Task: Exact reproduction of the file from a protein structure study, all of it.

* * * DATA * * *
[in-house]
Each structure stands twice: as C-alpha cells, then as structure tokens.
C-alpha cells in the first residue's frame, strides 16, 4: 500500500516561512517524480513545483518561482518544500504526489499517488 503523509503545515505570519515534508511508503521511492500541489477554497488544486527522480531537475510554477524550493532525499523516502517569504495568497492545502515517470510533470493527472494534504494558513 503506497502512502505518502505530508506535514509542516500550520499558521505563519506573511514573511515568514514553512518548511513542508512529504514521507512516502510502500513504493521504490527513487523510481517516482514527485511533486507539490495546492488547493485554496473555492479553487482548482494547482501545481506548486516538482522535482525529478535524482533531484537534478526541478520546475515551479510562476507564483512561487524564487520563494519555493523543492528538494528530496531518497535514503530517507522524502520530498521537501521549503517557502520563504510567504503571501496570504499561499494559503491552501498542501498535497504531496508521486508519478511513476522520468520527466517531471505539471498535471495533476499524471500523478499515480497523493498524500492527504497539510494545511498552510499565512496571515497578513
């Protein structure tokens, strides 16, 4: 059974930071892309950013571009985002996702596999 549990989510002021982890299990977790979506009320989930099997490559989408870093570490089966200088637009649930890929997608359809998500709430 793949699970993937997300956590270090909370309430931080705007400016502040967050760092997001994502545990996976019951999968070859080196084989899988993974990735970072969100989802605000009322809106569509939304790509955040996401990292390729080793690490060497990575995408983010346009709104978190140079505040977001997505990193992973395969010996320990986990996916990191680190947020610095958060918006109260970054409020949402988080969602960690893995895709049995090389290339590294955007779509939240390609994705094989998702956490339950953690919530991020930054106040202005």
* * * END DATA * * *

[in-house]
Each structure stands twice: as C-alpha cells, then as structure tokens.
C-alpha cells in the first residue's frame, strides 16, 4: 500500500516561512517524480513545483518561482518544500504526489499517488 503523509503545515505570519515534508511508503521511492500541489477554497488544486527522480531537475510554477524550493532525499523516502517569504495568497492545502515517470510533470493527472494534504494558513 503506497502512502505518502505530508506535514509542516500550520499558521505563519506573511514573511515568514514553512518548511513542508512529504514521507512516502510502500513504493521504490527513487523510481517516482514527485511533486507539490495546492488547493485554496473555492479553487482548482494547482501545481506548486516538482522535482525529478535524482533531484537534478526541478520546475515551479510562476507564483512561487524564487520563494519555493523543492528538494528530496531518497535514503530517507522524502520530498521537501521549503517557502520563504510567504503571501496570504499561499494559503491552501498542501498535497504531496508521486508519478511513476522520468520527466517531471505539471498535471495533476499524471500523478499515480497523493498524500492527504497539510494545511498552510499565512496571515497578513
């Protein structure tokens, strides 16, 4: 059974930071892309950013571009985002996702596999 549990989510002021982890299990977790979506009320989930099997490559989408870093570490089966200088637009649930890929997608359809998500709430 793949699970993937997300956590270090909370309430931080705007400016502040967050760092997001994502545990996976019951999968070859080196084989899988993974990735970072969100989802605000009322809106569509939304790509955040996401990292390729080793690490060497990575995408983010346009709104978190140079505040977001997505990193992973395969010996320990986990996916990191680190947020610095958060918006109260970054409020949402988080969602960690893995895709049995090389290339590294955007779509939240390609994705094989998702956490339950953690919530991020930054106040202005």